Detection and phylogenetic analysis of a new adenoviral polymerase gene in reptiles in Korea
Over a period of 7 years (2004-2011), samples from 34 diseased reptiles provided by local governments, zoos, and pet shops were tested for viral infection. Animals were diagnosed based on clinical signs, including loss of appetite, diarrhea, rhinorrhea, and unexpected sudden death. Most of the exotic animals had gastrointestinal problems, such as mucosal redness and ulcers, while the native animals had no clinical symptoms. Viral sequences were found in seven animals. Retroviral genes were amplified from samples from five Burmese pythons (Python molurus bivittatus), an adenovirus was detected in a panther chameleon (Furcifer pardalis), and an adenovirus and a paramyxovirus were detected in a tropical girdled lizard (Cordylus tropidosternum). Phylogenetic analysis of retroviruses and paramyxoviruses showed the highest sequence identity to both a Python molurus endogenous retrovirus and a Python curtus endogenous retrovirus and to a lizard isolate, respectively. Partial sequencing of an adenoviral DNA polymerase gene from the lizard isolate suggested that the corresponding virus was a novel isolate different from the reference strain (accession no. AY576677.1). The virus was not isolated but was detected, using molecular genetic techniques, in a lizard raised in a pet shop. This animal was also coinfected with a paramyxovirus.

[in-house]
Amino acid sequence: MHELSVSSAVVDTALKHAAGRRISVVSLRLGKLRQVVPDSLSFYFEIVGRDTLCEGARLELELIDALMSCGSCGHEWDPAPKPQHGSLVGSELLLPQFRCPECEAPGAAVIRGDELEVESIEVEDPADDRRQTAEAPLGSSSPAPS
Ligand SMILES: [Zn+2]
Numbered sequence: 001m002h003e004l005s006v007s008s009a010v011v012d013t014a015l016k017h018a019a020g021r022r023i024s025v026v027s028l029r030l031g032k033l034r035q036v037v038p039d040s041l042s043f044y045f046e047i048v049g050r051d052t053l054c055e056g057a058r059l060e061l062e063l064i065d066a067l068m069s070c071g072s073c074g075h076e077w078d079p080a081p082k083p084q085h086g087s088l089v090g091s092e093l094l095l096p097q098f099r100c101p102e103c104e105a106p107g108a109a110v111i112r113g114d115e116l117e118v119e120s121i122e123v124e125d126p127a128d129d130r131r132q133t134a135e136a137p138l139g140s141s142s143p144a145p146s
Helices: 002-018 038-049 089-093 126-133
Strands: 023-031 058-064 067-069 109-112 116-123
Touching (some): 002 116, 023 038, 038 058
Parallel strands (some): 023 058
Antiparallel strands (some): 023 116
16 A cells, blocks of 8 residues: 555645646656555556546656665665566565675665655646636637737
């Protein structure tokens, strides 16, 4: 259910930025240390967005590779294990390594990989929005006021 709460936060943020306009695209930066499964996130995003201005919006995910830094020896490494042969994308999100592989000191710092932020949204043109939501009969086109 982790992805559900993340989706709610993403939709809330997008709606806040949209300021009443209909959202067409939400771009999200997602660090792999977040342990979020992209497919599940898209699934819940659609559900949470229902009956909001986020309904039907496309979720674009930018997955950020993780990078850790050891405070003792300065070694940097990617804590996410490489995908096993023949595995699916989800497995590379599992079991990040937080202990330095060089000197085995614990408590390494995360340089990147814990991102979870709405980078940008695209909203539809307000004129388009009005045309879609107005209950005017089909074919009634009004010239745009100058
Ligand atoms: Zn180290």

KeywordsReptile Adenovirus Paramyxovirus Retrovirus Phylogenetic analysis
The authors thank Dr. Min Park at Daekyeung University and Dr. Kang-Seok Choi at the Animal and Plant Quarantine Agency for their assistance with the phylogenetic analyses. This study was supported by a Semyung University Research Grant (2016021).
Compliance with ethical standards
The corresponding author (Woo) has received funding from a Semyung University Grant (2016021). The other authors (Bak and Jho) declare no conflicts of interest in regard to this study. This study was performed according to the National Guideline for Necropsy and carried out in accordance with the ethical standards of the review boards of the relevant institutions.
- 2.Ritchie B (2005) Virology. In: Divers SJ, Mader DR (eds) Reptile medicine and surgery, 2nd edn. Elsevier, St. Louis, pp 391–417Google Scholar
- 17.Sand MA, Latimer KS, Gregory CR, Rakich PM, Jacobson E, Pennick KE (2004) Molecular diagnosis of paramyxovirus infection in snakes using reverse transcriptase-polymerase chain reaction and complementary deoxyribonucleic acid:ribonucleic acid in situ hybridization. J Vet Diagn Invest 16:442–448CrossRefPubMedGoogle Scholar
- 19.Wellehan JF, Johnson AJ, Harrach B, Benkö M, Pessier AP, Johnson CM, Garner MM, Childress A, Jacobson ER (2004) Detection and analysis of six lizard adenoviruses by consensus primer PCR provides further evidence of a reptilian origin for the atadenoviruses. J Virol 78:13366–13369CrossRefPubMedPubMedCentralGoogle Scholar
- 23.Funk RS, Barten SL, Boyer TH, Nevarez J (2005) Clinical techniques and procedures. In: Divers SJ, Mader DR (eds) Reptile medicine and surgery, 2nd edn. Elsevier, St. Louis, pp 675–714Google Scholar
- 33.Schumacher J, Jacobson ER, Homer BL, Gaskin JM (1994) Inclusion body disease in boid snakes. J Zoo Wildl Med 25:511–524Google Scholar